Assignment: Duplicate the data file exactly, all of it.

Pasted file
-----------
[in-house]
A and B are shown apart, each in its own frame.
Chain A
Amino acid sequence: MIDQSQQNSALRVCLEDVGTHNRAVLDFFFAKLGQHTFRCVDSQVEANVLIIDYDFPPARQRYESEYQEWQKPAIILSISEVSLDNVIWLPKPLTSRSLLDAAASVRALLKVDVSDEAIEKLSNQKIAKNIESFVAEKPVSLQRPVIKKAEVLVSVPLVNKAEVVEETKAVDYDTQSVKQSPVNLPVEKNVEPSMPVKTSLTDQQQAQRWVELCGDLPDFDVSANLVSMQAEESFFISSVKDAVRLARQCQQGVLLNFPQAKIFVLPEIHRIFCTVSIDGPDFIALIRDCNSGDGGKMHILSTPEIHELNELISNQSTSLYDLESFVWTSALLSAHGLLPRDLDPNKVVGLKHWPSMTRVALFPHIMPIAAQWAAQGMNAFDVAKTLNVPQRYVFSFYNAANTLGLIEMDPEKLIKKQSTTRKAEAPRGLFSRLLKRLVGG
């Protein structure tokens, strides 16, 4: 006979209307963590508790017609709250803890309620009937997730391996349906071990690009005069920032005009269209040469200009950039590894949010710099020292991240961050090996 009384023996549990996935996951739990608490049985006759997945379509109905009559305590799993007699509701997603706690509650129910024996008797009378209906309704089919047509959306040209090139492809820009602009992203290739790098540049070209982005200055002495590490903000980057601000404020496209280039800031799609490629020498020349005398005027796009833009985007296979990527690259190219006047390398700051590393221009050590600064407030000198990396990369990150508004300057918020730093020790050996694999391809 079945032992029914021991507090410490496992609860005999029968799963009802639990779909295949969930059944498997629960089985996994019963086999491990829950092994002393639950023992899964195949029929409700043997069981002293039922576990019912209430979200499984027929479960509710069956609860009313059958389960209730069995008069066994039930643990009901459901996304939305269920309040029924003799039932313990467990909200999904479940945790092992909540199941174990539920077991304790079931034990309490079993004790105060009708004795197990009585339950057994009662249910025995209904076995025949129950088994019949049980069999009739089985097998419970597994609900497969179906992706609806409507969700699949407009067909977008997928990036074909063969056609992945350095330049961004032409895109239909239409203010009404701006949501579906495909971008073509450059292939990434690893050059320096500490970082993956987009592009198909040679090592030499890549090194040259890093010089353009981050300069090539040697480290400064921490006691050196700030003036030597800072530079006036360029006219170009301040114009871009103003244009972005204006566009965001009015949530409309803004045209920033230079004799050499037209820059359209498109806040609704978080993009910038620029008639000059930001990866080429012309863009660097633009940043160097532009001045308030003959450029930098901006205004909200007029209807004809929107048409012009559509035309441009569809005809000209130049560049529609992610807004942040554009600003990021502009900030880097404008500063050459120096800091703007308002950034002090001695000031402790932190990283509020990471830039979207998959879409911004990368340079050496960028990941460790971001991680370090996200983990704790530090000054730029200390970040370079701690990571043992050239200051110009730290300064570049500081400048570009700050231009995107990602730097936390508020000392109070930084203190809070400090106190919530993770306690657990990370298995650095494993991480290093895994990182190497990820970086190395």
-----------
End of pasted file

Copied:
[in-house]
A and B are shown apart, each in its own frame.
Chain A
Amino acid sequence: MIDQSQQNSALRVCLEDVGTHNRAVLDFFFAKLGQHTFRCVDSQVEANVLIIDYDFPPARQRYESEYQEWQKPAIILSISEVSLDNVIWLPKPLTSRSLLDAAASVRALLKVDVSDEAIEKLSNQKIAKNIESFVAEKPVSLQRPVIKKAEVLVSVPLVNKAEVVEETKAVDYDTQSVKQSPVNLPVEKNVEPSMPVKTSLTDQQQAQRWVELCGDLPDFDVSANLVSMQAEESFFISSVKDAVRLARQCQQGVLLNFPQAKIFVLPEIHRIFCTVSIDGPDFIALIRDCNSGDGGKMHILSTPEIHELNELISNQSTSLYDLESFVWTSALLSAHGLLPRDLDPNKVVGLKHWPSMTRVALFPHIMPIAAQWAAQGMNAFDVAKTLNVPQRYVFSFYNAANTLGLIEMDPEKLIKKQSTTRKAEAPRGLFSRLLKRLVGG
């Protein structure tokens, strides 16, 4: 006979209307963590508790017609709250803890309620009937997730391996349906071990690009005069920032005009269209040469200009950039590894949010710099020292991240961050090996 009384023996549990996935996951739990608490049985006759997945379509109905009559305590799993007699509701997603706690509650129910024996008797009378209906309704089919047509959306040209090139492809820009602009992203290739790098540049070209982005200055002495590490903000980057601000404020496209280039800031799609490629020498020349005398005027796009833009985007296979990527690259190219006047390398700051590393221009050590600064407030000198990396990369990150508004300057918020730093020790050996694999391809 079945032992029914021991507090410490496992609860005999029968799963009802639990779909295949969930059944498997629960089985996994019963086999491990829950092994002393639950023992899964195949029929409700043997069981002293039922576990019912209430979200499984027929479960509710069956609860009313059958389960209730069995008069066994039930643990009901459901996304939305269920309040029924003799039932313990467990909200999904479940945790092992909540199941174990539920077991304790079931034990309490079993004790105060009708004795197990009585339950057994009662249910025995209904076995025949129950088994019949049980069999009739089985097998419970597994609900497969179906992706609806409507969700699949407009067909977008997928990036074909063969056609992945350095330049961004032409895109239909239409203010009404701006949501579906495909971008073509450059292939990434690893050059320096500490970082993956987009592009198909040679090592030499890549090194040259890093010089353009981050300069090539040697480290400064921490006691050196700030003036030597800072530079006036360029006219170009301040114009871009103003244009972005204006566009965001009015949530409309803004045209920033230079004799050499037209820059359209498109806040609704978080993009910038620029008639000059930001990866080429012309863009660097633009940043160097532009001045308030003959450029930098901006205004909200007029209807004809929107048409012009559509035309441009569809005809000209130049560049529609992610807004942040554009600003990021502009900030880097404008500063050459120096800091703007308002950034002090001695000031402790932190990283509020990471830039979207998959879409911004990368340079050496960028990941460790971001991680370090996200983990704790530090000054730029200390970040370079701690990571043992050239200051110009730290300064570049500081400048570009700050231009995107990602730097936390508020000392109070930084203190809070400090106190919530993770306690657990990370298995650095494993991480290093895994990182190497990820970086190395």